Contentious points in the land ordinance
New Delhi, Feb 23: The Right to Fair Compensation and Transparency in Land Acquisition, Rehabilitation and Resettlement (Amendment) Ordinance was brought in by the NDA government on Dec 30, 2014.
The ordinance amends the Right to Fair Compensation and Transparency in Land Acquisition, Rehabilitation and Resettlement Act, 2013.
The act outlined the process to be followed when land is acquired for a public purpose.
Here are some of the changes to the Act which have elicited objections from activists and opposition parties:
Exemption of five categories of land use from certain provisions: The ordinance creates five special categories of land use - defence, rural infrastructure, affordable housing, industrial corridors and infrastructure projects including public private partnership (PPP) projects where the central government owns the land.
The Act required that the consent of 80 percent of land owners is obtained for private projects and 70 percent for PPP projects.
The ordinance exempts the five categories mentioned above from this provision of the Act.
In addition, the ordinance permits the government to exempt projects in these five categories from following some provisions, through a notification.
Return of unutilised land: The 2013 Act required that if land acquired under it remained unutilised for five years, it was returned to the original owners or the land bank.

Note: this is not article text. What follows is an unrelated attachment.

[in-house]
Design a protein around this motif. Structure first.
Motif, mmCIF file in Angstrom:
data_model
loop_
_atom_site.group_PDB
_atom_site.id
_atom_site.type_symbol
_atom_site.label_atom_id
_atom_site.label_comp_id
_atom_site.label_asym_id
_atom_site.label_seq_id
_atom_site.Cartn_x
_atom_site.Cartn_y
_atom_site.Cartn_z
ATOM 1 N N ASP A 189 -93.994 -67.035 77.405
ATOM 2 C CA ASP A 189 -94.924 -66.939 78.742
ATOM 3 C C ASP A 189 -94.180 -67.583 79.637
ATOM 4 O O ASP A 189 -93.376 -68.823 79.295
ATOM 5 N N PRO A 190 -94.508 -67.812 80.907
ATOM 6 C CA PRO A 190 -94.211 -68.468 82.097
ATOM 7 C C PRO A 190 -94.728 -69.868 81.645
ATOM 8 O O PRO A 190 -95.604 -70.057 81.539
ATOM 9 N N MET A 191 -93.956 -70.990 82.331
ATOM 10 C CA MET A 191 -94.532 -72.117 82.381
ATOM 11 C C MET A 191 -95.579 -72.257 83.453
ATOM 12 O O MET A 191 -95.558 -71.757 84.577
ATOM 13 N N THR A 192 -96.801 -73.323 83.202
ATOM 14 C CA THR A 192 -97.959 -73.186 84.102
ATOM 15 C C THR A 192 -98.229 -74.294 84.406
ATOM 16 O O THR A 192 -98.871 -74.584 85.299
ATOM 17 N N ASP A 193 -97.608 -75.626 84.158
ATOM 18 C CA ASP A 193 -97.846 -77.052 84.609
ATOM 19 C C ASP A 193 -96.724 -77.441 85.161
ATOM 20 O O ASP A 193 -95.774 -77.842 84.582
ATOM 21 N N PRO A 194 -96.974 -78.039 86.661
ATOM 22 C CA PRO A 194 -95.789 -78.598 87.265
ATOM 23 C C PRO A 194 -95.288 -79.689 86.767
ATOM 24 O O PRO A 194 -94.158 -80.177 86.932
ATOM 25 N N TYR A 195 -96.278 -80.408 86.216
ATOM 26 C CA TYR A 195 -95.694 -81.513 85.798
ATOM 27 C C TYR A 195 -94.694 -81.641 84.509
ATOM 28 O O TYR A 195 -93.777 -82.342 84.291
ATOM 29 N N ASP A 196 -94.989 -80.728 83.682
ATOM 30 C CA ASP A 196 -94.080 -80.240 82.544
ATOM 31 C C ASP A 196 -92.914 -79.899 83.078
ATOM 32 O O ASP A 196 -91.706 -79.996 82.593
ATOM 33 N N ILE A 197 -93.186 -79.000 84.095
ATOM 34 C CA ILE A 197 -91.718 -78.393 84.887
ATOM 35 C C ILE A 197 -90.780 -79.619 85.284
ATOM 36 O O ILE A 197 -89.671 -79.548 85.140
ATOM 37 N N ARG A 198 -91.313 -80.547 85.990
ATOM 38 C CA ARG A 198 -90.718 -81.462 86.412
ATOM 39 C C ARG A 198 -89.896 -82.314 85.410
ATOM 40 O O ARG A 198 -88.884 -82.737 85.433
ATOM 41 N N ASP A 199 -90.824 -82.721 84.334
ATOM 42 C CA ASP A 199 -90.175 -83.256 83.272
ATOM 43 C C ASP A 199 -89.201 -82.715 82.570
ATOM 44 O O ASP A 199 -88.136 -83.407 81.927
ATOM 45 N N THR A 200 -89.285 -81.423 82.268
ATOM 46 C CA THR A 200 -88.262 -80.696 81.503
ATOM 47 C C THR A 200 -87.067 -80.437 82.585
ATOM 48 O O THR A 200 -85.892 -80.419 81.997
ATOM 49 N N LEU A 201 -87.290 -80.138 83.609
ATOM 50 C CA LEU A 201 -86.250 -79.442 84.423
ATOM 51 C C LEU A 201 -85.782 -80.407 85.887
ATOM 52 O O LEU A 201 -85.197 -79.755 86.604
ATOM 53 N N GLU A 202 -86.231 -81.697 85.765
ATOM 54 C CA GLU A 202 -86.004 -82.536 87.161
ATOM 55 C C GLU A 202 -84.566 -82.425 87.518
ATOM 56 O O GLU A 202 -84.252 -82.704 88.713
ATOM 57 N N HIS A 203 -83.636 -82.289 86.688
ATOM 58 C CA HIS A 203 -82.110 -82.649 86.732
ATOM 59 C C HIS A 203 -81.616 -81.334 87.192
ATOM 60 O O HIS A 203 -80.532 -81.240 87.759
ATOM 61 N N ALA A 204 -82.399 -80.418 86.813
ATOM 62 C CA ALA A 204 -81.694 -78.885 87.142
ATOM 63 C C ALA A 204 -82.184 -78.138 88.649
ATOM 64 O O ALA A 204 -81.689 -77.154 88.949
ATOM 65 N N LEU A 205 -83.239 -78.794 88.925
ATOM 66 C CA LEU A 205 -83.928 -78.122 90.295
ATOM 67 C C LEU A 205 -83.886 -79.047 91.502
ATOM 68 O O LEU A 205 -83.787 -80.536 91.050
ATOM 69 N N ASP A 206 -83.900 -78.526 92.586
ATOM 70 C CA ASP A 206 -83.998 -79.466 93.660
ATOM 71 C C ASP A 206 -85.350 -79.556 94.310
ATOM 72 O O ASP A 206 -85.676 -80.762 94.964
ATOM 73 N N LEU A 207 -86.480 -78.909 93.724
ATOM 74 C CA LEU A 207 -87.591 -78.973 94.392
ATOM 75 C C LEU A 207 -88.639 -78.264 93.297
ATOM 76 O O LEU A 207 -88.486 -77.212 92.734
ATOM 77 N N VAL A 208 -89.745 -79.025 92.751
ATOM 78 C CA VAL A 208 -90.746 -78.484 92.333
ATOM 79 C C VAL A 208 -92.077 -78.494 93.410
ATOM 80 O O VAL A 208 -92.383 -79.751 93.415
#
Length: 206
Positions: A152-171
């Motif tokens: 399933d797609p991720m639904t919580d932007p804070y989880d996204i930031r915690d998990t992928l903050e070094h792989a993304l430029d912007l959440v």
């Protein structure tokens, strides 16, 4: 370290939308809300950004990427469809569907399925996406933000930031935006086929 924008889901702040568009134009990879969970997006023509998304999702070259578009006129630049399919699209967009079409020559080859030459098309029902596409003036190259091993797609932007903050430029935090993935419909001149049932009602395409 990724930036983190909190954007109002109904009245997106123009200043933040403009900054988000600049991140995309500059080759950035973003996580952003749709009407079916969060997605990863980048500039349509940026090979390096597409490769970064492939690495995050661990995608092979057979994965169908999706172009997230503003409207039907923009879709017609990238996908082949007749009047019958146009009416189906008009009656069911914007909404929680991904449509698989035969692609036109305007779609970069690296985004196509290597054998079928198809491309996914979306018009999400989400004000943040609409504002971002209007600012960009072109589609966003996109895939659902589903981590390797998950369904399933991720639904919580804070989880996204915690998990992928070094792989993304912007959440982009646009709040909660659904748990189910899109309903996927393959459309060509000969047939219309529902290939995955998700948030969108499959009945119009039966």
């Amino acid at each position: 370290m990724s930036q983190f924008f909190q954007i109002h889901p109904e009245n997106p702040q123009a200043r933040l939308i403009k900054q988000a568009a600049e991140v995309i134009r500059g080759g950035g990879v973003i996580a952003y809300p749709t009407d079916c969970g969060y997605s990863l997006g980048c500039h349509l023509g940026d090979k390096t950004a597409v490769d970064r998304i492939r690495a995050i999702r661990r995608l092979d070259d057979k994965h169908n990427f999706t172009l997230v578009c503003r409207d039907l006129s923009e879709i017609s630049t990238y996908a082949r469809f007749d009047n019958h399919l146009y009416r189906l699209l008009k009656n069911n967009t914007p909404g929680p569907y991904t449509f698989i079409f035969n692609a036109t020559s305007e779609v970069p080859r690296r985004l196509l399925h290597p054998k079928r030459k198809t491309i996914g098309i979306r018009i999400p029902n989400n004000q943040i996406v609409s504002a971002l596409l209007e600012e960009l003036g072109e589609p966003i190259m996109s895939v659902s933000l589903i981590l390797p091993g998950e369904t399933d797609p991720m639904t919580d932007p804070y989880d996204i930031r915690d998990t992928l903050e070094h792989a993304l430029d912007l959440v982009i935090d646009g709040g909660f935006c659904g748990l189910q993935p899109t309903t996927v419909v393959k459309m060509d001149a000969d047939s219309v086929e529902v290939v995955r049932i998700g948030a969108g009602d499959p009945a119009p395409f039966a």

The ordinance states that the period after which unutilised land will need to be returned will be five years, or any period specified at the time of setting up the project, whichever is later.
Other changes: The 2013 Act excluded the acquisition of land for private hospitals and private educational institutions from its purview. The ordinance removes this restriction.
While the 2013 Act was applicable for the acquisition of land for private companies, the ordinance changes this to acquisition for 'private entities'.
A private entity is an entity other than a government entity, and could include a proprietorship, partnership, company, corporation, non-profit organisation, or other entity under any other law.
The 2013 Act stated that if an offence is committed by the government, the head of the department would be deemed guilty unless he could show that the offence was committed without his knowledge, or that he had exercised due diligence to prevent the commission of the offence.
The ordinance replaces this provision and states that if an offence is committed by a government official, he cannot be prosecuted without the prior sanction of the government.